Light is the next potential issue that can damage a packaged beer. Wavelengths of light in the visible as well as ultraviolet spectra can break down a hop compound called isohumulone to produce flavors and aromas reminiscent of the sulphury spray of a skunk. Even beers that are not “hoppy” still have hops and are susceptible to this photochemical phenomenon, though a higher presence of isohumulone can hasten and strengthen the production of these off flavors. The package brewer can combat this issue with light impermeable packaging like kegs or cans or with bottle glass that blocks some of the most damaging wavelengths. Brown glass provides a high level of protection (but not invincibility) while green and blue offer a good deal less, and clear offers none at all. In direct sunlight, this reaction can happen in as little as a minute while ambient sunlight can take a couple of hours, and artificial light can take a couple of days. Pay attention to where your retailer has been storing a bottle before you buy it. Less light is always better.
The final issue to be tackled today is that of microbial activity. This is another world that is rife with complexity, so I’m very likely to gloss over a great deal here and try to treat things in a little more detail later on. There are a variety of microorganisms involved in the production of beer. Some of them, such as yeast, are to be encouraged, while others, such as coliform bacteria, are not. Sours and wild beers can be intentionally exposed to a range of yeasts and bacteria to produce the flavors characteristic of those styles. Any sort of wood or barrel aged beer is highly likely to contact some sort of microbe living in wood, which is difficult to completely sanitize due to its porous nature. Realistically, most beers end up with some degree of contact with some microorganisms that should not be there. If this is minimal, the undesirable by-products of these critters are so far below the flavor threshold that you would never know. Additionally, there are things a brewer can do to minimize this contact and halt any activity after the beer leaves the brewery. Two such options are sterile filtration and pasteurization. The upside of these processes is that they remove microorganisms that could continue to metabolize and produce off-flavors in the bottle, can, or keg. The downside is that they can potentially strip away some flavor themselves. The brewer must play this balancing game.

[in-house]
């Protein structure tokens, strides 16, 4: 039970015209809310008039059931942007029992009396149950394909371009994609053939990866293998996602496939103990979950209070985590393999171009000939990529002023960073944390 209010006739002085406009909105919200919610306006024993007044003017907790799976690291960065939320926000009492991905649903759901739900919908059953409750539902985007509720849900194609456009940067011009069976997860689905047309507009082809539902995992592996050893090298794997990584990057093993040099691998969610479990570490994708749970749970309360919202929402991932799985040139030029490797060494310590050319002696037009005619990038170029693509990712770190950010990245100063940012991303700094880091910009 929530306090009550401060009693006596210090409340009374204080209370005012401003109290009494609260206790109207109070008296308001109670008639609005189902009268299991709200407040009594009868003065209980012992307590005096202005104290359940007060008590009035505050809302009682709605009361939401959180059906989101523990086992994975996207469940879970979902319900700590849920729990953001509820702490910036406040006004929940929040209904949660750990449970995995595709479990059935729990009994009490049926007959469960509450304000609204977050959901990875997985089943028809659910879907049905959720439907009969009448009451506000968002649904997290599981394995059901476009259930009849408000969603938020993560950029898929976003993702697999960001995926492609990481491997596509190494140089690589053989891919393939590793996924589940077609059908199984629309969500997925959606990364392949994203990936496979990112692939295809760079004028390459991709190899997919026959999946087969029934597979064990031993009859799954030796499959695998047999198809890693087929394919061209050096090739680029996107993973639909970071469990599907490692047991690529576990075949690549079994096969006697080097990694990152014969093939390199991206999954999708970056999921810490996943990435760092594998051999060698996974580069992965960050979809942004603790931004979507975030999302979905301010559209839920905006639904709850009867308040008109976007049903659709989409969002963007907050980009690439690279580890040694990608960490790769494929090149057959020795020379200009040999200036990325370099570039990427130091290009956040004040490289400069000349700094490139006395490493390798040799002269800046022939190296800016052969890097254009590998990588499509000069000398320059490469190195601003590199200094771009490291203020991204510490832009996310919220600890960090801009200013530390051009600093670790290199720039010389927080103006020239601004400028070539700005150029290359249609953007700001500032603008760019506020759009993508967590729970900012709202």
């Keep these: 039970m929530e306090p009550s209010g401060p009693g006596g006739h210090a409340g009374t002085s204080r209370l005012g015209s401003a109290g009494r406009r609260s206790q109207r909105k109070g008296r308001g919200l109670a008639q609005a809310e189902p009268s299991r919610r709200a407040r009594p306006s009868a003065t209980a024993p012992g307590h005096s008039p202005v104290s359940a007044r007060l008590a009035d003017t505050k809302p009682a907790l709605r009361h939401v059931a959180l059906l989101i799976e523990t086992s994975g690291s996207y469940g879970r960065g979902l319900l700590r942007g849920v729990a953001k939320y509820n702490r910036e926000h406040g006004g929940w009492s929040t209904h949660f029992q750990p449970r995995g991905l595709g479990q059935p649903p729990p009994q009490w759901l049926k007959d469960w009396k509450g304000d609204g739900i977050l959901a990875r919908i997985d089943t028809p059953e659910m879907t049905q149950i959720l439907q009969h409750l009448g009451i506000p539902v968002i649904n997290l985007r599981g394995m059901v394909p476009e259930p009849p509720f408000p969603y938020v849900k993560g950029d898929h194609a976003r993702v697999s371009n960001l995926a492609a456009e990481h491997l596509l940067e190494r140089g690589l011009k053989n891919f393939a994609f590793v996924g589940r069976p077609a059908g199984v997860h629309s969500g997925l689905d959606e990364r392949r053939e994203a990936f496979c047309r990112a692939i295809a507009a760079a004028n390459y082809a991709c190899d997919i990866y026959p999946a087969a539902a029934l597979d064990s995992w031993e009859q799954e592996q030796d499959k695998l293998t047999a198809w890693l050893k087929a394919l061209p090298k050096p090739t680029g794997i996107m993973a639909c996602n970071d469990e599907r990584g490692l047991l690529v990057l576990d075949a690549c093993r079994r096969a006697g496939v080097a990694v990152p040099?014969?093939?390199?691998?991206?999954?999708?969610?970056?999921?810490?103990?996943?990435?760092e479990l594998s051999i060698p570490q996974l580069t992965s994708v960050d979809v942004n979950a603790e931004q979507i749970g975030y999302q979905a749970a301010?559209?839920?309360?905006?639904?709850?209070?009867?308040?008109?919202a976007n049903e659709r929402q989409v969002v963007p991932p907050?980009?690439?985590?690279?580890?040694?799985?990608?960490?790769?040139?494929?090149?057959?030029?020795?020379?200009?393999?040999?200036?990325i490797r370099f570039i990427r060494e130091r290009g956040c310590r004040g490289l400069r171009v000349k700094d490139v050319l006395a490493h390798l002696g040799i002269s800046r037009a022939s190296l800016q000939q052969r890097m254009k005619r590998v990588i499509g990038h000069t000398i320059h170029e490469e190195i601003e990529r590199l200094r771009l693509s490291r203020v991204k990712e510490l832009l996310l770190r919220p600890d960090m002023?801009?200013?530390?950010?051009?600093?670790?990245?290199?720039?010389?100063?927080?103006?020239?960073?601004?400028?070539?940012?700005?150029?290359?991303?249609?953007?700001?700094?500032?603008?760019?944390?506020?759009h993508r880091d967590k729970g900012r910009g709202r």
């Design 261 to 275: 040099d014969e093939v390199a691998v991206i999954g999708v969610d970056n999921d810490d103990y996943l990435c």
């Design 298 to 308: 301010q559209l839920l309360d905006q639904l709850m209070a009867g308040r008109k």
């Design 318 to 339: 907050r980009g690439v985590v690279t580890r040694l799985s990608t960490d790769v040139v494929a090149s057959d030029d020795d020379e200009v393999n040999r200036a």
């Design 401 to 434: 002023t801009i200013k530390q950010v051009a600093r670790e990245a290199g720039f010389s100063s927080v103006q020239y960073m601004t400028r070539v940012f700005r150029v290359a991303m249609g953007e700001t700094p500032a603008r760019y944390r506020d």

Armed now with the understanding that almost all beer will contain some level of microbial life and the presumption that few craft brewers take the extreme (and perhaps flavor reducing) steps necessary to completely sterilize the product, we can see that most of the beers you buy in the package will still have some of this life in them. We also know for a fact that these microbes cannot be reasoned with but can be accurately predicted. Given conditions conducive to metabolic activity, they will metabolize, no matter what future reward you promise them or threat you make against their family. Here is where the storage temperature plays a big role. Most of the common off-flavor producing microbes like to eat, play, and excrete in a temperature range remarkably similar to those humans like (or a little warmer). A much colder temperature, however, can be anathema to these little guys. The cold often won’t kill them, but should curtail any grossness production they may be inclined to engage in. Even cellar temperatures can slow or halt microbial activity but are less safe than true refrigeration. Therefore, any time spent cold should mean that no new activity is occurring while any time spent warm (or hot) means that microbes could very well be going to work creating a buffet of unpleasantries. My advice? Buy your beer cold, try to get beer that has always stayed cold, and keep it cold after you buy it. To do otherwise is to court potential destruction. Until then, faithful readers, thanks for reading, and happy drinks!
P.S. Remember to let me know if you have some specific topic you would like me to babble about next time. You can tell me in person, by e-mail, or in the comments right down below.